We’ve all heard the saying “Too much of a good thing.” This proves to be true in nutrition and health. Even if your diet consists of the nutrient dense foods, it’s important to keep portion sizes in mind so that you aren’t overeating and taking away from your efforts to eat right.
When we’re meal prepping for the week or making dinner, we have easy access to measuring cups, scales, and tools to make sure that our portion sizes are in accordance to our meal plans. But what about the times when we’re out to eat or throwing together a quick meal on the go? A useful tool that we can use to control our portion sizes and stay on track is learning to visualize serving sizes by comparing them to every day household objects and even your own hand!
Below is a list of common portion sizes paired with the area of your hand and a household item that can be used to represent them.
Tip of your thumb (between tip of thumb and first knuckle)
Examples: Oils, dressings, butter
Thumb (tip of thumb to the base)
Examples: Nut butters, dressings, oils
3 oz of Meat
Palm of your hand
Deck of cards
Examples: Chicken, beef
Examples: mixed nuts, pretzels, trail mix
Half of a fist full
Examples: Rice, pasta, fruits, vegetables
Here’s an example of a day’s meals and how you can apply the above information to eat appropriate portion sizes:
Breakfast: 1/2 cup of oats (billard ball)
1/2 cup of blueberries (billiard ball)
1 tablespoon peanut butter (thumb)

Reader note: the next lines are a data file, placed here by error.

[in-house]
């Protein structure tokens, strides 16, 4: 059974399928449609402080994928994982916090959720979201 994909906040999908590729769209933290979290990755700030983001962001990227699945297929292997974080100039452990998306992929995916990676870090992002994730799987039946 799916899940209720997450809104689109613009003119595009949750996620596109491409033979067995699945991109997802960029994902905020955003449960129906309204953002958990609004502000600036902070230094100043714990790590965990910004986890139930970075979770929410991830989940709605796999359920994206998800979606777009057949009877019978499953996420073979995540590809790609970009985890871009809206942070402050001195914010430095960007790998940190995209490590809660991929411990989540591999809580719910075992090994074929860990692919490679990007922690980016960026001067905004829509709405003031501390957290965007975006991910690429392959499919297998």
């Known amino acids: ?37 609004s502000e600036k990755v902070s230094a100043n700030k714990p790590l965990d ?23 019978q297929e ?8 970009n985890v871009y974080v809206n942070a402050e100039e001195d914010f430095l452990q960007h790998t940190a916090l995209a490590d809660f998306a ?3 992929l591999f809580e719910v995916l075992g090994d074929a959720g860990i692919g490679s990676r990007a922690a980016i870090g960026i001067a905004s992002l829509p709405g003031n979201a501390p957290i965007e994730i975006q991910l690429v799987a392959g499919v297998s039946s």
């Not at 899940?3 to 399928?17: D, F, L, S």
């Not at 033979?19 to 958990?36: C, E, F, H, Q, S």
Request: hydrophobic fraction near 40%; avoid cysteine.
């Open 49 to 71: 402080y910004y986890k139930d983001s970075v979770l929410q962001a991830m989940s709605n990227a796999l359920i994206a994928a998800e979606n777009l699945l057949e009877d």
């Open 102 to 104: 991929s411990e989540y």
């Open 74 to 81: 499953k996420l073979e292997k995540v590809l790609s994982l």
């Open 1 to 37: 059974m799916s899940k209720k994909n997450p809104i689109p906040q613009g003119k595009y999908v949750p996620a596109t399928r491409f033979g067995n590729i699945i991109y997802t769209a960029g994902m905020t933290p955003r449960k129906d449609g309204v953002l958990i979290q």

Snack: Apple (tennis ball/fist)
2 oz mixed nuts (small handful)
Lunch: 3 oz Grilled Chicken Breast (palm of hand)
2-cup vegetable medley (two fists)
Dinner out: Chicken Parmesan and side salad
Pasta (set aside a serving the size of your fist for dinner and put the rest in a to-go box to save for another meal)
Chicken (size of your palm)
Side Salad (2 cups of mixed greens/vegetables is the size of two fists. Ask for the dressing on the side and use 1 tablespoon, the size of your thumb or a golf ball)
Paying attention to serving sizes using tips and tricks like these allows you to control calorie intake without having to worry about all the details of food preparation. Apply them to your daily routine for easy portion control!
Andrew Wade, the author of this blog post, is a Registered Dietitian and the founder of Case Specific Nutrition. To learn about their services or for more tips and tricks like those found in this article, schedule a consultation with a Registered Dietitian at Case Specific Nutrition!
Case Specific Nutrition is also a member of the Pittsburgh Fitness Council, a professional member organization that strives to connect the best professionals in the area to provide and enhance client services. For more information about PFC and its members, please visit www.pghfitcouncil.com.